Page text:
Case to Watch: Regulating interest rates in a digital world
- Law Firms
- States challenge FDIC and OCC rules on bank loan interest rates
- Say rules overstep authority, allow predatory schemes
- Banking industry says rules critical to debt market
(Reuters) - With interest rates expected to rise, banking lawyers are closely watching two cases in California over rules they say are needed to create certainty in lending, but which some states and consumer groups say invite abuse.
California and several other states want U.S. District Judge Jeffrey White in Oakland to block federal rules they claim allow consumer finance companies to use banks as a cover to lend at illegally high rates.
The states have filed suit against the Federal Deposit Insurance Corporation, along with a parallel case against the Treasury Department's Office of the Comptroller of the Currency.
The lawsuits challenge the FDIC's and OCC's "valid when made" rules, which state that when a bank lends at a valid interest rate, the rate remains valid when the loan is sold to a nonbank.
White is poised to rule on summary judgment motions in both cases.
Maria Earley, a Morrison & Foerster partner who represents financial companies, said the industry views the rule as essential to banks' ability to sell and securitize loans.
"You have to have secondary markets to keep credit flowing. Taking down 'valid when made' would severely disrupt that," she said.
If the regulators lose, the case is likely to be appealed "all the way up," Earley said.
The rules build on federal banking law, which allows banks to charge the interest rates allowed by their home states, regardless of where the borrower lives.
California and the other states, which include New York and Illinois, argue the federal agencies overstepped their authority by letting banks essentially transfer that privilege to non-bank financial companies in an end-run around state regulation of consumer finance.
The dispute stems from the 2nd U.S. Circuit Court of Appeals' 2015 decision in Madden v. Midland Funding LLC. The court held that Midland, one of the largest debt collectors in the U.S., was subject to New York's 25% interest rate cap and could not charge 27% on a credit card debt it had bought from a national bank.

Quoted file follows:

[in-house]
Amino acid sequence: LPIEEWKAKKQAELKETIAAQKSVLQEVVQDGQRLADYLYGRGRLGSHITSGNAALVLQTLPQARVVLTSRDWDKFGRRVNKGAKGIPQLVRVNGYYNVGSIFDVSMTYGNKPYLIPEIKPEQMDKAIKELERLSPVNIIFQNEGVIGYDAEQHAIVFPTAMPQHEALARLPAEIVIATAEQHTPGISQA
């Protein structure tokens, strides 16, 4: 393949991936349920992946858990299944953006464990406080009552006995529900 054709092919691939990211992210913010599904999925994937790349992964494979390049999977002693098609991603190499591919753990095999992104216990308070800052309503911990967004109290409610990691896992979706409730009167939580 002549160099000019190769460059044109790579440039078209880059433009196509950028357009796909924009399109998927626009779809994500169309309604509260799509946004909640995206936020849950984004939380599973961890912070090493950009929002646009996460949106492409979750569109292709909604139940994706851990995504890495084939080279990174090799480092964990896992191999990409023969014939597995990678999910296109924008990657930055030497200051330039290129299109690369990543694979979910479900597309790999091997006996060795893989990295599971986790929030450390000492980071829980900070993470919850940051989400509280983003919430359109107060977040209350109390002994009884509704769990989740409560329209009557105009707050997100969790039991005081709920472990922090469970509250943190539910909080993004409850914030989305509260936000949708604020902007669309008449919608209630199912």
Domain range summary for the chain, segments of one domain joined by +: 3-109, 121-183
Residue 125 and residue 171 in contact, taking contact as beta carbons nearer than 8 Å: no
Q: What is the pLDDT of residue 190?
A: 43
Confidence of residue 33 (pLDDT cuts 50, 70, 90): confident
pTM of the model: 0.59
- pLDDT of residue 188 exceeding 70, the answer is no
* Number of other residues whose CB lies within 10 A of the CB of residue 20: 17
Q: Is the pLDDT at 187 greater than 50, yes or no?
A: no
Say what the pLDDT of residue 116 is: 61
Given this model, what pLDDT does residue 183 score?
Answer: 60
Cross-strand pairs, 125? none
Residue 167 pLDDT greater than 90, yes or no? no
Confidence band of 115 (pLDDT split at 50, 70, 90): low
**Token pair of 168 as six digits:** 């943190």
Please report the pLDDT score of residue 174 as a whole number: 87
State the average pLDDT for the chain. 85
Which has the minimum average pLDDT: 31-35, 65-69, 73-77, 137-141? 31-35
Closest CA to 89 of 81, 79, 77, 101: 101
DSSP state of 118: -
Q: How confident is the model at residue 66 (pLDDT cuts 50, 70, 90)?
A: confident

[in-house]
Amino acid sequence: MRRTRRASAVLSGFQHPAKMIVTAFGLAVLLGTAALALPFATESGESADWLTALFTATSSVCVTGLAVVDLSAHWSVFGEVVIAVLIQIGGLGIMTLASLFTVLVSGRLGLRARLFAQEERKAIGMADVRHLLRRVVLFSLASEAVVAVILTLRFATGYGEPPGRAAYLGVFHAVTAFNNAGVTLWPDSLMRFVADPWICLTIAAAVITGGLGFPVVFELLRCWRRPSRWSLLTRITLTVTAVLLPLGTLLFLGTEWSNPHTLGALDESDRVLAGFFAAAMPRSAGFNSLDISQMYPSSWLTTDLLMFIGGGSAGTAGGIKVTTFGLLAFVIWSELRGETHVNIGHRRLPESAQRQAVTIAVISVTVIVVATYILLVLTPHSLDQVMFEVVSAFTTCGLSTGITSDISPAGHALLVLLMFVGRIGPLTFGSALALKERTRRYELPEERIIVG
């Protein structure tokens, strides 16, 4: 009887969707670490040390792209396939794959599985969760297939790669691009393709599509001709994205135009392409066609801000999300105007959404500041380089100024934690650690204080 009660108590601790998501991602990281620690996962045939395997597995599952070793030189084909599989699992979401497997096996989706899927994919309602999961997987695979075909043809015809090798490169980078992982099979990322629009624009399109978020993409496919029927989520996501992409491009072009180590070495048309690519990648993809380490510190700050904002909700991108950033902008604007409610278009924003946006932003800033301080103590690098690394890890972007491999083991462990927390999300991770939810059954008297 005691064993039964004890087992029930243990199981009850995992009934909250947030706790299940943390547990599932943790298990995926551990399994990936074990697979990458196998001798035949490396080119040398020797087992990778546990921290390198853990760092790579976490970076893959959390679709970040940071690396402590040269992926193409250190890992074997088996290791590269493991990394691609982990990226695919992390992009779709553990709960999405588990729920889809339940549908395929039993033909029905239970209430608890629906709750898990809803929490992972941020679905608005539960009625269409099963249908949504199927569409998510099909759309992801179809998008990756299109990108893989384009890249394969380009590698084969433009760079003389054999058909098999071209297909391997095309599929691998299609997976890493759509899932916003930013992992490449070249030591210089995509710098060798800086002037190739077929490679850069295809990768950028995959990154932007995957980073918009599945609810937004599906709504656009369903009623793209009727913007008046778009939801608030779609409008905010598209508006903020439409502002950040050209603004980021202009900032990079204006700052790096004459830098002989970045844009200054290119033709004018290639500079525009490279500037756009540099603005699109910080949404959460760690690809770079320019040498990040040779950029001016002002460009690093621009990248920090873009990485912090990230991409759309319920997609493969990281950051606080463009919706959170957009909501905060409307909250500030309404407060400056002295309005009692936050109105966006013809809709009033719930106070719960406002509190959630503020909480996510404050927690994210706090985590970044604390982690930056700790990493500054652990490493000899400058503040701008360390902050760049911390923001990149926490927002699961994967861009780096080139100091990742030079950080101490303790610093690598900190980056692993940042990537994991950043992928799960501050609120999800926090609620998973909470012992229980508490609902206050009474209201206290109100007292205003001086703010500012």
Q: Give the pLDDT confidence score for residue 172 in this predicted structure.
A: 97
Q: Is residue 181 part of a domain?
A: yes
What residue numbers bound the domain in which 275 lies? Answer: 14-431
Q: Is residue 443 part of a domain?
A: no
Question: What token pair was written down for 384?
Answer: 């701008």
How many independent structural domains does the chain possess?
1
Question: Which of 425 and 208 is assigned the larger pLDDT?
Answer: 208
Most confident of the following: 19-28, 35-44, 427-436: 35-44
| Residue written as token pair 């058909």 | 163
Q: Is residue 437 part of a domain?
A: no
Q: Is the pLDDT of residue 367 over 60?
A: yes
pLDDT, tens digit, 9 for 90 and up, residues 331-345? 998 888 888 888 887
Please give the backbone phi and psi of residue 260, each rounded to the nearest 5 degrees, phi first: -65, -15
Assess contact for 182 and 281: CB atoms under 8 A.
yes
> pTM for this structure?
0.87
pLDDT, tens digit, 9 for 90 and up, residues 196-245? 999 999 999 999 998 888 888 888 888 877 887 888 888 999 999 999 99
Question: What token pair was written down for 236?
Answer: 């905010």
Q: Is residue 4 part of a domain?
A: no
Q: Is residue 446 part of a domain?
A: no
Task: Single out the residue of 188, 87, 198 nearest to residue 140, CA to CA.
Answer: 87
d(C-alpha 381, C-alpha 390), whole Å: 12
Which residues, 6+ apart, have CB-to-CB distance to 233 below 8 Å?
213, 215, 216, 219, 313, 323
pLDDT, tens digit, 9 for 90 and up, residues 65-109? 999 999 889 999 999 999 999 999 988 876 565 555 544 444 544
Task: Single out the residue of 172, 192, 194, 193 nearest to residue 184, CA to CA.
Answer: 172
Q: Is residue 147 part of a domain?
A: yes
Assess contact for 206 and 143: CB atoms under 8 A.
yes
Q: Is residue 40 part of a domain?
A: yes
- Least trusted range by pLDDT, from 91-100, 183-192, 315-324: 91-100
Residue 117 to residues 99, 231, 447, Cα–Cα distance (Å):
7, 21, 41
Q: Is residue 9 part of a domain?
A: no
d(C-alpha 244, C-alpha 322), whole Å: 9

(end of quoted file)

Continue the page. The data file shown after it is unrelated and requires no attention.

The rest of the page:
The ruling rattled the financial industry, which lobbied regulators for a fix.
The agencies argue in both cases before White that the resulting "valid when made" rules are a reasonable way to fill the gaps in federal banking law that Madden exposed.
The federal law does not specify at what point interest should be considered valid under the law of a bank's home state, or what happens to interest rates when bank loans are sold.
The rules address those points in a way that creates stability in the credit markets and would not upend the terms of existing debt contracts when they are transferred, the OCC and FDIC said in their briefs.
Several banking industry groups have filed briefs in support of the regulators, arguing that rejecting the rules would jeopardize secondary debt markets that allow billions of dollars to flow from lenders to U.S. borrowers every year.
Consumer groups including the Center For Responsible Lending have also weighed in, arguing the credit market functioned without the rules. They point instead to their potential to encourage "rent a bank" arrangements, where nonbank lenders market loans nationally and banks in states with no rate caps act as originators for a fee.
Georgetown Law professor Adam Levitin, who filed a brief supporting the states, said only a handful of companies are using that model now. But if the rules stand, he expects that to change.
"There will be a giant hole carved in state usury laws and a huge amount of business will be funnelled through it," he said.
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